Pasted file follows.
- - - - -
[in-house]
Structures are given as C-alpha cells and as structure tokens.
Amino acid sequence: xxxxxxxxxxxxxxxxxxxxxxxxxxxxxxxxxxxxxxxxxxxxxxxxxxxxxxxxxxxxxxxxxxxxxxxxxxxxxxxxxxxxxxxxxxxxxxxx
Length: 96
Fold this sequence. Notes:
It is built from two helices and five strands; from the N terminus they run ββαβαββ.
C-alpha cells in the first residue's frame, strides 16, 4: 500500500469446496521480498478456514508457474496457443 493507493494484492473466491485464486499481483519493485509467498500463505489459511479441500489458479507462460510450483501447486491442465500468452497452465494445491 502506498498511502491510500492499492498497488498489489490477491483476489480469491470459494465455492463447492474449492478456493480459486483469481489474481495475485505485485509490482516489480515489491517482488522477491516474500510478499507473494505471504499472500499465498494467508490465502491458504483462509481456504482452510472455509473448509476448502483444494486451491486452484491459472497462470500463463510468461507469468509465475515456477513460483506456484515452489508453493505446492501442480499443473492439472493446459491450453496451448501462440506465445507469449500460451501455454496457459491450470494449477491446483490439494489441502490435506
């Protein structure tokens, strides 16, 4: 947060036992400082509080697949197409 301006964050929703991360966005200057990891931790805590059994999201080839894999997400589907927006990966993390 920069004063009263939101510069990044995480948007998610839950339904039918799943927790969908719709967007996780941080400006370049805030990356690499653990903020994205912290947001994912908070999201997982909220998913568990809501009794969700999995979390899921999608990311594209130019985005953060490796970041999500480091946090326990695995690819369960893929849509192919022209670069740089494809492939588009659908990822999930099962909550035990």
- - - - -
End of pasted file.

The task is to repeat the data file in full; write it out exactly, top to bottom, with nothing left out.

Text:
[in-house]
Structures are given as C-alpha cells and as structure tokens.
Amino acid sequence: xxxxxxxxxxxxxxxxxxxxxxxxxxxxxxxxxxxxxxxxxxxxxxxxxxxxxxxxxxxxxxxxxxxxxxxxxxxxxxxxxxxxxxxxxxxxxxxx
Length: 96
Fold this sequence. Notes:
It is built from two helices and five strands; from the N terminus they run ββαβαββ.
C-alpha cells in the first residue's frame, strides 16, 4: 500500500469446496521480498478456514508457474496457443 493507493494484492473466491485464486499481483519493485509467498500463505489459511479441500489458479507462460510450483501447486491442465500468452497452465494445491 502506498498511502491510500492499492498497488498489489490477491483476489480469491470459494465455492463447492474449492478456493480459486483469481489474481495475485505485485509490482516489480515489491517482488522477491516474500510478499507473494505471504499472500499465498494467508490465502491458504483462509481456504482452510472455509473448509476448502483444494486451491486452484491459472497462470500463463510468461507469468509465475515456477513460483506456484515452489508453493505446492501442480499443473492439472493446459491450453496451448501462440506465445507469449500460451501455454496457459491450470494449477491446483490439494489441502490435506
């Protein structure tokens, strides 16, 4: 947060036992400082509080697949197409 301006964050929703991360966005200057990891931790805590059994999201080839894999997400589907927006990966993390 920069004063009263939101510069990044995480948007998610839950339904039918799943927790969908719709967007996780941080400006370049805030990356690499653990903020994205912290947001994912908070999201997982909220998913568990809501009794969700999995979390899921999608990311594209130019985005953060490796970041999500480091946090326990695995690819369960893929849509192919022209670069740089494809492939588009659908990822999930099962909550035990």